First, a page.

Nature Communications 7, Article number: 12204 doi:10.1038/ncomms12204, Une 2016
Dawn M. Dudley, Matthew T. Aliota, Emma L. Mohr, Andrea M. Weiler, Gabrielle Lehrer-Brey, Kim L. Weisgrau, Mariel S. Mohns, Meghan E. Breitbach, Mustafa N. Rasheed, Christina M. Newman, Dane D. Gellerup, Louise H. Moncla, Jennifer Post, Nancy Schultz-Darken, Michele L. Schotzko, Jennifer M. Hayes, Josh A. Eudailey, M. Anthony Moody, Sallie R. Permar, Shelby L. O’Connor et al.
Viral load in blood lasts for more than 50 days in monkey infected in first trimester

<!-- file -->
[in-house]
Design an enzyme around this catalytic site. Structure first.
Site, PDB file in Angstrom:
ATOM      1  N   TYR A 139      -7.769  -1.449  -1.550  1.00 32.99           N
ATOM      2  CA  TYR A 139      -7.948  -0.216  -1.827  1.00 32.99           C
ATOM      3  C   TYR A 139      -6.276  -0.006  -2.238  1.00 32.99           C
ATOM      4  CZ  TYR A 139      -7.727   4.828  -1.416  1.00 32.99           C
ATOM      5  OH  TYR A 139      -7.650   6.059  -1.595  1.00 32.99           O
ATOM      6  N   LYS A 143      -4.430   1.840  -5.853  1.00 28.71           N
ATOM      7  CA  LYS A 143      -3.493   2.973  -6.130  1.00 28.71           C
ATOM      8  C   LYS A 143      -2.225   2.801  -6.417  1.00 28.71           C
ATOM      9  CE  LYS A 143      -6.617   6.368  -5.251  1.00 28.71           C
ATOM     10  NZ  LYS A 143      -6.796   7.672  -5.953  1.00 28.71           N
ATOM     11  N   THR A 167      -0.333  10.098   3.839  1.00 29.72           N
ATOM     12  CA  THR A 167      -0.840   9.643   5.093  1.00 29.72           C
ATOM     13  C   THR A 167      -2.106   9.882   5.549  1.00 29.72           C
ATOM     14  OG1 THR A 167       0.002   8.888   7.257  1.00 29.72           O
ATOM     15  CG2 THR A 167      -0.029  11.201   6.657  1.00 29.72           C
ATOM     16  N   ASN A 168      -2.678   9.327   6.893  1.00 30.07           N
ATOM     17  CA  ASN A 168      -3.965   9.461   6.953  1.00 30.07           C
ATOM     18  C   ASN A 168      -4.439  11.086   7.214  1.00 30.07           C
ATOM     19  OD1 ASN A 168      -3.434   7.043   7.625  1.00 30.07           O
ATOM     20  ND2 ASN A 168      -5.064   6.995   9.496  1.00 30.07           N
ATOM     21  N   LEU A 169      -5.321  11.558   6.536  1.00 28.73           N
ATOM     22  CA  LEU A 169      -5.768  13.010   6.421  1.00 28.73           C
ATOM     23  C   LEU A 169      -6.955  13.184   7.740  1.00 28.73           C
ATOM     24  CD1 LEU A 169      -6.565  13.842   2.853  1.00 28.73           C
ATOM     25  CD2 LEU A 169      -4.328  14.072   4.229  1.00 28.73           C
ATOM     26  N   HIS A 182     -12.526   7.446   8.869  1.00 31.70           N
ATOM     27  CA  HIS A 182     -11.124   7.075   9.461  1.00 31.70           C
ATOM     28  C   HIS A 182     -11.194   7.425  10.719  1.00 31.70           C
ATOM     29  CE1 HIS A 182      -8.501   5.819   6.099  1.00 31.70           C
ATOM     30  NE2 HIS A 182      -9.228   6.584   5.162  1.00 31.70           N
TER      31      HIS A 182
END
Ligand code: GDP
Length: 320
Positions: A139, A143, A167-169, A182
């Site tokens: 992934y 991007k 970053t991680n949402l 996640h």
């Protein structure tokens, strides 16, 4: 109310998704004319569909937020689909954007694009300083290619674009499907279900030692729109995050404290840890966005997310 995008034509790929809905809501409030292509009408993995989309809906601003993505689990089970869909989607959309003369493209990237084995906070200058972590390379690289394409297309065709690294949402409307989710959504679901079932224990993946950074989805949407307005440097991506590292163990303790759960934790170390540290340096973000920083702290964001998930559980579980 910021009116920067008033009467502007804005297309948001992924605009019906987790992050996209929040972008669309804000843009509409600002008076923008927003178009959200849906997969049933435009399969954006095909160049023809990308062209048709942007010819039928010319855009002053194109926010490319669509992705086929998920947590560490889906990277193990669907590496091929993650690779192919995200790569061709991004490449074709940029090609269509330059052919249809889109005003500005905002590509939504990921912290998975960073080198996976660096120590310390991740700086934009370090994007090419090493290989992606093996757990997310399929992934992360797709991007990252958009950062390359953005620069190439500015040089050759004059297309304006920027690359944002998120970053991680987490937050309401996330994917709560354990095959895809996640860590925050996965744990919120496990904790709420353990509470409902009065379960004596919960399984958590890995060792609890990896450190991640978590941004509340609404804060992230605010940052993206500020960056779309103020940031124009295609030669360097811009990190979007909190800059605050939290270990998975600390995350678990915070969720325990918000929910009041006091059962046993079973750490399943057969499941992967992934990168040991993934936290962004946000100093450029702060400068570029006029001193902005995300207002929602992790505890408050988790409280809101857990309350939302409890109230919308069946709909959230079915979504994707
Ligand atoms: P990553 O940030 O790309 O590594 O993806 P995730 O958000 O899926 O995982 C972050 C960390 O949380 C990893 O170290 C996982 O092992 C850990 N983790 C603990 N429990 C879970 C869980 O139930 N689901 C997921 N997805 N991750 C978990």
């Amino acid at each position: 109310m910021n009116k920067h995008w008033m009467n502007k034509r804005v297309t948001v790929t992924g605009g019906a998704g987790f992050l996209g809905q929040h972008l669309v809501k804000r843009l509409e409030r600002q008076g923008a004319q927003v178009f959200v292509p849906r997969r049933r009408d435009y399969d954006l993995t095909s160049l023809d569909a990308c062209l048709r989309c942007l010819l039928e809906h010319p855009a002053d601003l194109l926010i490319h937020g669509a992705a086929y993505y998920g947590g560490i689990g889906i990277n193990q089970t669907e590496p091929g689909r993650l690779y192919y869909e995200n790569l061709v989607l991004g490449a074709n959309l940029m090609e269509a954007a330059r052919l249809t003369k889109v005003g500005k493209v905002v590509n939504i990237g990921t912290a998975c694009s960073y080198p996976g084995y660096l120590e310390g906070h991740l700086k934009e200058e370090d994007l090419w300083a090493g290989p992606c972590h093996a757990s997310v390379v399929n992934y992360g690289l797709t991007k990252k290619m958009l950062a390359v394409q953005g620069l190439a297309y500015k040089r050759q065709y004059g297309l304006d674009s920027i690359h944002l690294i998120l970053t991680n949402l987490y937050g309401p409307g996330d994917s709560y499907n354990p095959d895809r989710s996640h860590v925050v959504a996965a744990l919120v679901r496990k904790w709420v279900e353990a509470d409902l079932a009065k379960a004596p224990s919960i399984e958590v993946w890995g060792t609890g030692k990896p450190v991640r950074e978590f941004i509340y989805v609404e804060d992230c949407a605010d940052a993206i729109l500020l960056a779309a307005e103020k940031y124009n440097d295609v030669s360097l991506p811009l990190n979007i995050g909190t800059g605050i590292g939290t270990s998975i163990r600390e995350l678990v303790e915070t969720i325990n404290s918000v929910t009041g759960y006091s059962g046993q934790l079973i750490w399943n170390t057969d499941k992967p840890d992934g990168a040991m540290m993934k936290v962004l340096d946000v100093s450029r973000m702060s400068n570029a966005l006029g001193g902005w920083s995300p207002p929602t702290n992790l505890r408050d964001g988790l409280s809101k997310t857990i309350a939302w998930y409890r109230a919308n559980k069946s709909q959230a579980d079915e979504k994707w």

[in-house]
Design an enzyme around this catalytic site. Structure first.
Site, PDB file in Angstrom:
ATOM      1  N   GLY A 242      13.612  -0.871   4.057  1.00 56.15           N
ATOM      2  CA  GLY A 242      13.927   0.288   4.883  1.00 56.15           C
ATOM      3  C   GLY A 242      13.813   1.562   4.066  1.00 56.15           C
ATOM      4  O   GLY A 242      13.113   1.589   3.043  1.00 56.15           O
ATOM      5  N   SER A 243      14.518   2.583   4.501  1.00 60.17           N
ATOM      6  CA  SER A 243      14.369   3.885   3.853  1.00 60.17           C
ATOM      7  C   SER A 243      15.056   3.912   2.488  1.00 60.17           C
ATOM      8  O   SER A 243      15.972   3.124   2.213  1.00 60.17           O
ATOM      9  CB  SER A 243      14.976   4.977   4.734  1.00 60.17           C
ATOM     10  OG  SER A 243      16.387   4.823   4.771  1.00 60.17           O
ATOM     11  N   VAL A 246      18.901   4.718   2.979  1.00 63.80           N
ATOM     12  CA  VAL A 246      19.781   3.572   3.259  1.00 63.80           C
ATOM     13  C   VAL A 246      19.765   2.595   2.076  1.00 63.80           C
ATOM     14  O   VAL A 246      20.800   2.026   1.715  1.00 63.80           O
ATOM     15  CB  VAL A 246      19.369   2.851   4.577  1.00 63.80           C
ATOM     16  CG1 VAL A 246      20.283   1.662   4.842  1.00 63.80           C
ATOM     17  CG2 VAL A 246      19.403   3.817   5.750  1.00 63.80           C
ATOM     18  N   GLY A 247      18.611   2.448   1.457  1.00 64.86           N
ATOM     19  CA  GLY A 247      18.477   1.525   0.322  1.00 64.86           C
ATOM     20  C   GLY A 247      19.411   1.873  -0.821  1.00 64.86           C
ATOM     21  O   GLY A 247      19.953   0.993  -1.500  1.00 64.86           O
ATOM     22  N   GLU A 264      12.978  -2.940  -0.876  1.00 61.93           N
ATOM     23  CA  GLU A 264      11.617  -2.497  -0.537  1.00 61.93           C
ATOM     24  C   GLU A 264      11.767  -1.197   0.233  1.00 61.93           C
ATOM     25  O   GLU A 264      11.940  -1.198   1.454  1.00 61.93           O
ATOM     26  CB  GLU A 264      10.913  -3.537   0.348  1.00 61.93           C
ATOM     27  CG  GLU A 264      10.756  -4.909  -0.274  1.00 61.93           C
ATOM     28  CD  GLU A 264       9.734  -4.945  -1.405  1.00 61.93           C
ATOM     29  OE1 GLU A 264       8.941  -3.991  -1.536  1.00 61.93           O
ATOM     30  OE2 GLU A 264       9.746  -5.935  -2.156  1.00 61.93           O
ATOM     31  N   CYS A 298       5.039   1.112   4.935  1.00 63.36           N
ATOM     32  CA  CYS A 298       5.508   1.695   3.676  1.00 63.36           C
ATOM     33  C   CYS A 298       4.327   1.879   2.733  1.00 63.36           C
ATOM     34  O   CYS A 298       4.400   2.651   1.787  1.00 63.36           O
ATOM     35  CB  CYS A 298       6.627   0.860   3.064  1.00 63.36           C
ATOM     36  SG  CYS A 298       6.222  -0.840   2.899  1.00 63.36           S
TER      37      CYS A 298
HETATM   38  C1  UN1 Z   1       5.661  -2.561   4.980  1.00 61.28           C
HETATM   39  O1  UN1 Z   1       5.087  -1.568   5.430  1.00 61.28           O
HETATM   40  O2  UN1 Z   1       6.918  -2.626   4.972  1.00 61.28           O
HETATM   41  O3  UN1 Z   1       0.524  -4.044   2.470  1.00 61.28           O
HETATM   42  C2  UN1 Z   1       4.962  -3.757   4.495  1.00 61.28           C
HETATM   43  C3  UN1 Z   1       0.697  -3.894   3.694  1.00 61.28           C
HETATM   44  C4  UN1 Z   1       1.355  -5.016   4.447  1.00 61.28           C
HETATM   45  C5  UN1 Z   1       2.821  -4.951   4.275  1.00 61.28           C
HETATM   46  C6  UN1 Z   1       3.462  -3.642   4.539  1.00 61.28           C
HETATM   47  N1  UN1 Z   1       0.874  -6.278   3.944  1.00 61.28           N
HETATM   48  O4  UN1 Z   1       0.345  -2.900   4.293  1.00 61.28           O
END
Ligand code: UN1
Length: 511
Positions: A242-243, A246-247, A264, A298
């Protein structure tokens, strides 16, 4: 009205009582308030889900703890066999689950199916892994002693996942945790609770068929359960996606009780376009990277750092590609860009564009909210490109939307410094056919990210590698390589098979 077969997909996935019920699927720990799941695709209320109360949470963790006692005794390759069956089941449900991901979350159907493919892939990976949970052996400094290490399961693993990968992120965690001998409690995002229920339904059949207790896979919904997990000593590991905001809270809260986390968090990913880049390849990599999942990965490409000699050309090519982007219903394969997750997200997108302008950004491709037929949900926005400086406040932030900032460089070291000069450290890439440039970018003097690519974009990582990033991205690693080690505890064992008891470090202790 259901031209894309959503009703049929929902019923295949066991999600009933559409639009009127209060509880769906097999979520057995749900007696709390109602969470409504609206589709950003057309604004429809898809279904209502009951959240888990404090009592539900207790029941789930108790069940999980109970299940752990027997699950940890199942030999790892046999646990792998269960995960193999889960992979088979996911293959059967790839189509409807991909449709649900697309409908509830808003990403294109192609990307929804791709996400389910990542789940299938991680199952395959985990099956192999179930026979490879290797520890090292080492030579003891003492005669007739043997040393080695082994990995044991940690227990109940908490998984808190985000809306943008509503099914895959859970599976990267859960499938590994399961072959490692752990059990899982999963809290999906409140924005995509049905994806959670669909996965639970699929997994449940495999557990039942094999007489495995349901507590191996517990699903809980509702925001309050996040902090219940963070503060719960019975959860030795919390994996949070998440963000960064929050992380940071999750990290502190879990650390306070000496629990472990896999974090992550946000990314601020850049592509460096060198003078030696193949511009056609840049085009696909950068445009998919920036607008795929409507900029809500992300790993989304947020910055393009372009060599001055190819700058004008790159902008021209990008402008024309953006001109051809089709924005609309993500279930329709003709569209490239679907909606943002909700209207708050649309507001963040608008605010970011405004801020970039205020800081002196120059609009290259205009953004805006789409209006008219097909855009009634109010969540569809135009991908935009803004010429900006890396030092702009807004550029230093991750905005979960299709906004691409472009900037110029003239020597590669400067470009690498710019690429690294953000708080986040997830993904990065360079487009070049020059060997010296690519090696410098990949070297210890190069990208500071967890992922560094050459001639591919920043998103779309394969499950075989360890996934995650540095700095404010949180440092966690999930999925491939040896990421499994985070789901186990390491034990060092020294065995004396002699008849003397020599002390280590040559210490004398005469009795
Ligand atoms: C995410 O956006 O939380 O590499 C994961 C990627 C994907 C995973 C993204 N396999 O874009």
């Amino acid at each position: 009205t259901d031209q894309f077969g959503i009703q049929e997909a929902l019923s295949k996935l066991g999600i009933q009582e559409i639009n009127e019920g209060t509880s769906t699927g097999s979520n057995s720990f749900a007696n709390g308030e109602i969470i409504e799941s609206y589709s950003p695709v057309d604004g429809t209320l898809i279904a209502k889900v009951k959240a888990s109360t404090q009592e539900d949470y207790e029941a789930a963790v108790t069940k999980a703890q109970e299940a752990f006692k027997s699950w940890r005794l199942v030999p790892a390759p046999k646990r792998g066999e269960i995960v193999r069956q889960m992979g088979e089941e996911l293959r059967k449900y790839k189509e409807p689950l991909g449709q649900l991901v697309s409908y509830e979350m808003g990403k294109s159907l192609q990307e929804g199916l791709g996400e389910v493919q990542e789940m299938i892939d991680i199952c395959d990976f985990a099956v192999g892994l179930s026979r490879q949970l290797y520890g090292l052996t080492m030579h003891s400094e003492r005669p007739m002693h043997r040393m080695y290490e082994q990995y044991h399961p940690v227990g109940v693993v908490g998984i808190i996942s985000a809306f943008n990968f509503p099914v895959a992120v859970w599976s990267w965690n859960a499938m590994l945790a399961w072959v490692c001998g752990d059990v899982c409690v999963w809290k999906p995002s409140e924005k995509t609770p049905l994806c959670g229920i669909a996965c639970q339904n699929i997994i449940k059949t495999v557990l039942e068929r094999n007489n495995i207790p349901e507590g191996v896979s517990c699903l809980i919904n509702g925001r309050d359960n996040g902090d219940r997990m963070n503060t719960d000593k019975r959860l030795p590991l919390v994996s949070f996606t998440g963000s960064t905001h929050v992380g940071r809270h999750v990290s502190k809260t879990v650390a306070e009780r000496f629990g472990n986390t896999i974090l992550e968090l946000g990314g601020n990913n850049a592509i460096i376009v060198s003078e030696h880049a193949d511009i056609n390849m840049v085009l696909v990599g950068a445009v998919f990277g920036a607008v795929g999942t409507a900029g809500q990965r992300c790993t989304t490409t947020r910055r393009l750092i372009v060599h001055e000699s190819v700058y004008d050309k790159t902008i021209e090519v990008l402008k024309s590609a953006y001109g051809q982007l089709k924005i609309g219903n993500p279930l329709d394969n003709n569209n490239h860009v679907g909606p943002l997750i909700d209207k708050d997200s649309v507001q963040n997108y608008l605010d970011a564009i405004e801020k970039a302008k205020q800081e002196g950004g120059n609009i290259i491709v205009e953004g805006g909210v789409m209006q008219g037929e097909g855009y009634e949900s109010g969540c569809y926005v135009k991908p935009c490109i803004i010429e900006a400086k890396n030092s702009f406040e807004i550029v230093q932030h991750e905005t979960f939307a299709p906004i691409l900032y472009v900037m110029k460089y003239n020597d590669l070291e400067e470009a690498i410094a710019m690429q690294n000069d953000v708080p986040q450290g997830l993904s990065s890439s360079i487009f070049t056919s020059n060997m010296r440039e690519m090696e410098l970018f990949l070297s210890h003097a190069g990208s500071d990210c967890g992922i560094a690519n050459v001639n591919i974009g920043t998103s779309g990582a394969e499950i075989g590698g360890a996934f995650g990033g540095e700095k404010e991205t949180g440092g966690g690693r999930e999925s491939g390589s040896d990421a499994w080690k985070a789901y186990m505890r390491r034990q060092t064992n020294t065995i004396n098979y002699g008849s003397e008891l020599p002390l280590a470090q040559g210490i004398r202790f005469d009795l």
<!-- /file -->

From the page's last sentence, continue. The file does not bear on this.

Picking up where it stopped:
Infection with Asian-lineage Zika virus (ZIKV) has been associated with Guillain–Barré syndrome and fetal abnormalities, but the underlying mechanisms remain poorly understood. Animal models of infection are thus urgently needed. Here we show that rhesus macaques are susceptible to infection by an Asian-lineage ZIKV closely related to strains currently circulating in the Americas. Following subcutaneous inoculation, ZIKV RNA is detected in plasma 1 day post infection (d.p.i.) in all animals (N=8, including 2 pregnant animals), and is also present in saliva, urine and cerebrospinal fluid. Non-pregnant and pregnant animals remain viremic for 21 days and for up to at least 57 days, respectively. Neutralizing antibodies are detected by 21?d.p.i. Rechallenge 10 weeks after the initial challenge results in no detectable virus replication, indicating protective immunity against homologous strains. Therefore, Asian-lineage ZIKV infection of rhesus macaques provides a relevant animal model for studying pathogenesis and evaluating potential interventions against human infection, including during pregnancy.